to advocate for inmates simply by going to the polls and voting
in their interest. Gatson also continues to write poetry that challenges
the prison system. He writes in "I'm Too Much": "No
form of imprisonment can hold me captive/I'm too much/Liberation
is a cycle of fate/Regardless of how long I've been captured/I'm
too much/Your forces are not enough to keep me remanded/Your chains
of bondage shall I escape/I'm too much."
those of us on the outside who want to assist incarcerated activists,
perhaps the best place to turn is to people like Gatson, Mead, and
Steph Turner (who continues to run a prison-based zine, communicating
regularly with her co-writers inside). These folks know the prison
experience: its hardships and its loopholes; the cracks in its exterior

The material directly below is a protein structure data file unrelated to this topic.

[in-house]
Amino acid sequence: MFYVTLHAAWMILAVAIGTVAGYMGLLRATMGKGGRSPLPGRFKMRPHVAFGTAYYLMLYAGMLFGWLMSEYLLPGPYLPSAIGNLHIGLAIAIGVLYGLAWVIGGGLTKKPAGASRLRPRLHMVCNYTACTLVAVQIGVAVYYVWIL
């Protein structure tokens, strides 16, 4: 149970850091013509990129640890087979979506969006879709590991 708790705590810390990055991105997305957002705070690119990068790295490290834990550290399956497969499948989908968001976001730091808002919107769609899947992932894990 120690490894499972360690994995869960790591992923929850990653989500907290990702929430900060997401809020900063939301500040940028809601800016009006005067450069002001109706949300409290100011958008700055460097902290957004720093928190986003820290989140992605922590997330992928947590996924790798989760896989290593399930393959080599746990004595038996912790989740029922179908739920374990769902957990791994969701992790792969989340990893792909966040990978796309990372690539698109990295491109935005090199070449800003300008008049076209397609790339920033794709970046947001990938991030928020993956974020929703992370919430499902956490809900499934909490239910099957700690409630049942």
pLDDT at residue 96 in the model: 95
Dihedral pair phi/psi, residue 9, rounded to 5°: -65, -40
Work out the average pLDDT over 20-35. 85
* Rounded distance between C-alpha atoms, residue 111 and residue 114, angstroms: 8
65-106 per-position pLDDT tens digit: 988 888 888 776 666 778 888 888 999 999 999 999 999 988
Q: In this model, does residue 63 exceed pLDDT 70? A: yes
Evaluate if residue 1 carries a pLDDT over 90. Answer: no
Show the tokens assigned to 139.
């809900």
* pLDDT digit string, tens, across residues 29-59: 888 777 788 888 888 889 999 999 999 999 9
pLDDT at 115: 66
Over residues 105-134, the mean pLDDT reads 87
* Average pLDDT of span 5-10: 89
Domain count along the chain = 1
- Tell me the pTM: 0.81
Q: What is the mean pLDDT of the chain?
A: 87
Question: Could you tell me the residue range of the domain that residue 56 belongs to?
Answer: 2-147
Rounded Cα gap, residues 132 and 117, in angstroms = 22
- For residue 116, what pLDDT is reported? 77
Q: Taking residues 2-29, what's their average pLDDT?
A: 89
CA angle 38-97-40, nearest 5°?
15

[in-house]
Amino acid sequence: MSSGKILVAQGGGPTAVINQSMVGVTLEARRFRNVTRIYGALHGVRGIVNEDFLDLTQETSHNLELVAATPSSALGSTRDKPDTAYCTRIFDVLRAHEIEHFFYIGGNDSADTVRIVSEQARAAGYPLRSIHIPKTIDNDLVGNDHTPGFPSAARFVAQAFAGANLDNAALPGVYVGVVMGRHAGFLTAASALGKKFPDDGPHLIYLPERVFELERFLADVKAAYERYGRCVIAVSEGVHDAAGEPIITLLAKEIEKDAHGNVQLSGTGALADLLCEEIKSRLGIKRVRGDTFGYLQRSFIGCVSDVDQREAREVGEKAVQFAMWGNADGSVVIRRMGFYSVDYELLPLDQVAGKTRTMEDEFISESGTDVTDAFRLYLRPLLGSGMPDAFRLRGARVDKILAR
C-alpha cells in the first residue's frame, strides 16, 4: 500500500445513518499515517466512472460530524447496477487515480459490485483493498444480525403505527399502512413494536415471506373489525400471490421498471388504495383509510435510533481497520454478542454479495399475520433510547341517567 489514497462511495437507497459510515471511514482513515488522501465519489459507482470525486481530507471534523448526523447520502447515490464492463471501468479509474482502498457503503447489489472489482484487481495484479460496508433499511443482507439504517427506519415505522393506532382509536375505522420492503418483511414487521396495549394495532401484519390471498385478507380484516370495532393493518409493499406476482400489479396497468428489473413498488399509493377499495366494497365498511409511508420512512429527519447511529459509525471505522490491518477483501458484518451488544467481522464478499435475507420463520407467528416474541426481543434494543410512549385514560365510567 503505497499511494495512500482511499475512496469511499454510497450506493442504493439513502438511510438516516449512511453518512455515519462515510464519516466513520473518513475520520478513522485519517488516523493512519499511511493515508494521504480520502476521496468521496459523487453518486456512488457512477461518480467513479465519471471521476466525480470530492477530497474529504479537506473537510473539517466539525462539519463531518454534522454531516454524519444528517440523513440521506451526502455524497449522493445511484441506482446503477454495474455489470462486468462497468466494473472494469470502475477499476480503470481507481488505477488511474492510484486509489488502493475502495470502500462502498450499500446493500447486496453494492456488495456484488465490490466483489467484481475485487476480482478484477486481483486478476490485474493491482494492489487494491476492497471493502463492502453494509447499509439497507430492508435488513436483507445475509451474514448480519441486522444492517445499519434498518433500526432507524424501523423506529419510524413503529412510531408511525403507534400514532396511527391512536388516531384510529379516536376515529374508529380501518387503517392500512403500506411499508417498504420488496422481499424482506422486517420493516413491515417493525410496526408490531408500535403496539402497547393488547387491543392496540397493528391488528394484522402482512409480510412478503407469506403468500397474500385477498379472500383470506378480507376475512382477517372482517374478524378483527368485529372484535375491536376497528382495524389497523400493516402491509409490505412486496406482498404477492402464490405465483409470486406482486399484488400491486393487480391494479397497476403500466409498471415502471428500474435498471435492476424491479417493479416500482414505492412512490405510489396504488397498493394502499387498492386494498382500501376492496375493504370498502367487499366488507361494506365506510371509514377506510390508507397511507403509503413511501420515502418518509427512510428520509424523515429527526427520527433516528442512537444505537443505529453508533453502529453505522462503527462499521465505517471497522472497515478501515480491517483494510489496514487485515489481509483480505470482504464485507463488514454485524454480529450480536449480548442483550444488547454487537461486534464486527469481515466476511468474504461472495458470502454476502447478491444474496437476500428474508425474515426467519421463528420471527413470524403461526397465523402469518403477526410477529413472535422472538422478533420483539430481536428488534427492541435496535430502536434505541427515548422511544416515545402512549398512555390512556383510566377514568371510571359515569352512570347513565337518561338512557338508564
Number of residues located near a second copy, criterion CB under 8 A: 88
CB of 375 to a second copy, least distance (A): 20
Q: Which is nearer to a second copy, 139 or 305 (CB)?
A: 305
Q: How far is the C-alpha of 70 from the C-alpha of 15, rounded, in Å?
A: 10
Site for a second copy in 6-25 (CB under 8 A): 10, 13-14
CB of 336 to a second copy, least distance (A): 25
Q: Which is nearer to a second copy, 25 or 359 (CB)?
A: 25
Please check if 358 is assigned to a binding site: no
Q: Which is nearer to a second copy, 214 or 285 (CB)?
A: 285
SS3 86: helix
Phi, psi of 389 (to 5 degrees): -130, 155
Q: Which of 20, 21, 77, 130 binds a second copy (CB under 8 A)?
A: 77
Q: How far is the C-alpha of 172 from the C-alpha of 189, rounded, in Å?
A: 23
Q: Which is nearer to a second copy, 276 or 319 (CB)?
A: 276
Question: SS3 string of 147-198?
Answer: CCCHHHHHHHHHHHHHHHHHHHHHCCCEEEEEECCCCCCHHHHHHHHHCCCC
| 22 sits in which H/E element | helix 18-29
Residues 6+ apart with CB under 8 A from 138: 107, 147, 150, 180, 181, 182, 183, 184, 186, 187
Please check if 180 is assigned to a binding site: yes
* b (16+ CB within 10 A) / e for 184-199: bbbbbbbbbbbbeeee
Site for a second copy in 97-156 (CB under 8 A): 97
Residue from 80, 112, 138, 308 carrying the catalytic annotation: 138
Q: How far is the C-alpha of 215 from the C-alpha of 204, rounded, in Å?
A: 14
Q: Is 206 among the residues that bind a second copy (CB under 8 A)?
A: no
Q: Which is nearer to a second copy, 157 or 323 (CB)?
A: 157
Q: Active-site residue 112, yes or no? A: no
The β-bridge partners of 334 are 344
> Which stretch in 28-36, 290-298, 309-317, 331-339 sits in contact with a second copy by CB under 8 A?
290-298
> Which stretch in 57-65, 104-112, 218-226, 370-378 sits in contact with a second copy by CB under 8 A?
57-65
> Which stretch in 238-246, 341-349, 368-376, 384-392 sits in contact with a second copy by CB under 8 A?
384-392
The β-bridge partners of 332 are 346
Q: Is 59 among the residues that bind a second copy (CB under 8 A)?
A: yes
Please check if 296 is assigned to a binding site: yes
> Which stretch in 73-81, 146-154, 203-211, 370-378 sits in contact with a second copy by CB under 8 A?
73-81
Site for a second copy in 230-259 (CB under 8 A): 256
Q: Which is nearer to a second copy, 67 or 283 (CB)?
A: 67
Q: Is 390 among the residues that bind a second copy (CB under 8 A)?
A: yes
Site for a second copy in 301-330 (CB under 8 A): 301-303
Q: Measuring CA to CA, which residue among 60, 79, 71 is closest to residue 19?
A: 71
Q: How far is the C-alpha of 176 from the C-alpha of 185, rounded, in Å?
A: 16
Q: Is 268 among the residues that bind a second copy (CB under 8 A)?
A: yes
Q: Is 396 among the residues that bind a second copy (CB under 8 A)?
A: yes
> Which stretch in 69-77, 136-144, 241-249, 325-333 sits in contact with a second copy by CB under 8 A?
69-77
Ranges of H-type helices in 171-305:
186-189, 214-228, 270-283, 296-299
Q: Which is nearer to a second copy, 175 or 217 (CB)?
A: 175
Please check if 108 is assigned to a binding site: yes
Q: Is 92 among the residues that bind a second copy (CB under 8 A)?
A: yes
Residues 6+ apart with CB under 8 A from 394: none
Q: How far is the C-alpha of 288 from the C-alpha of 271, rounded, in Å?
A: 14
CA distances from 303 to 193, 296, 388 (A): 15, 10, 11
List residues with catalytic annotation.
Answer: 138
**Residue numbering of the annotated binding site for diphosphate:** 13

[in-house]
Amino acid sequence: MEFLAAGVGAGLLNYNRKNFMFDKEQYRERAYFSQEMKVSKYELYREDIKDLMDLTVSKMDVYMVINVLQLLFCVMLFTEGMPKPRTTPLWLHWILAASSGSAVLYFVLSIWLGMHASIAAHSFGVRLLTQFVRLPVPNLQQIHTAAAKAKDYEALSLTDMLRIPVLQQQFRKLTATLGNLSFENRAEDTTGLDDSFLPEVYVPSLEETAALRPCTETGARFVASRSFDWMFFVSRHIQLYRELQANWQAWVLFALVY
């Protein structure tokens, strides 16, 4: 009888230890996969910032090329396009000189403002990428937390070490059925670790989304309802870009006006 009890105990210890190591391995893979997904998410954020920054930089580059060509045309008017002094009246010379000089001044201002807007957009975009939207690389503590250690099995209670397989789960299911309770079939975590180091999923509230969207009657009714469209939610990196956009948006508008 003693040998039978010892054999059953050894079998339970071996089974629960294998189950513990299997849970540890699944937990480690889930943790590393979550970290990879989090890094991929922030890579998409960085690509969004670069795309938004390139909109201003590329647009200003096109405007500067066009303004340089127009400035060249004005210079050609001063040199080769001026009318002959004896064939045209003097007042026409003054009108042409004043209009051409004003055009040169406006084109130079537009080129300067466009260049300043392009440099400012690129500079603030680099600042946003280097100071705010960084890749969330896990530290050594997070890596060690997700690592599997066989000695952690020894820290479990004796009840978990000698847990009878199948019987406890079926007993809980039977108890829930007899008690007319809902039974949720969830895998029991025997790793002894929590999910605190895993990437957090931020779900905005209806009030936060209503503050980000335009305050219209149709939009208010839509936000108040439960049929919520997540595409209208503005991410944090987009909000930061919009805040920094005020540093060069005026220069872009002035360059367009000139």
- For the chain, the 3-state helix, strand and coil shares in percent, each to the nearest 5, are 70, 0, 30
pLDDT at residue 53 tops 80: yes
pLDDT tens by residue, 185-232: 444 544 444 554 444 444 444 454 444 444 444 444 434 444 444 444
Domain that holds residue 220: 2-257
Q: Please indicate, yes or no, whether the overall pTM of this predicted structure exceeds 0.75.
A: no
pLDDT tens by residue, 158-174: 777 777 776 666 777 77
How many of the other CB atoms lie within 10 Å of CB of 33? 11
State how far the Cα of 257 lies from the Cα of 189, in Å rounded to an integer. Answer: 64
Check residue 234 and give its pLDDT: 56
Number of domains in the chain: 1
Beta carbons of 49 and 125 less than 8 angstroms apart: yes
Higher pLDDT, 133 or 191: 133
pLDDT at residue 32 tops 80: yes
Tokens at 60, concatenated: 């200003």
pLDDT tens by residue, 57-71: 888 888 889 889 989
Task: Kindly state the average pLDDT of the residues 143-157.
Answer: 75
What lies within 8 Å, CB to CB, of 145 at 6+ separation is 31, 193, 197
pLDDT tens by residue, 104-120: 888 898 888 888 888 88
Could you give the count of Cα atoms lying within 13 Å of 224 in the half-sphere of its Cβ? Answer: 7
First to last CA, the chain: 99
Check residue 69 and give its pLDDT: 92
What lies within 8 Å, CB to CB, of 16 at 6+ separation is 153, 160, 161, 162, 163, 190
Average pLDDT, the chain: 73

that allow for the possibility of change. To connect would-be reformers
with the prisoners they aim to aid, Daniel Sturm and his wife Angela
Jancius, prison reform activists in Ohio, recently set up Prisonersolidarity.org,
a website that publishes news and views by prisoners and their allies.
Its goal: to bolster the inside/outside connection, helping the
"concerned public" lend a hand to activists behind bars.
wanted to give prisoners a microphone to tell their story,"
Sturm says. "It's a powerful strategy, to seek an analogy with
journalism, to 'let the people's voices speak for themselves.'"
in helping to amp up the people's voices? Check out the following
sites for volunteer opportunities:
-Prisoner Solidarity: www.prisonersolidarity.org
-Prison Activist Resource Center: www.prisonactivist.org
-Prison Penpals: www.cellpals.com
-Books to Prisoners: www.books2prisoners.org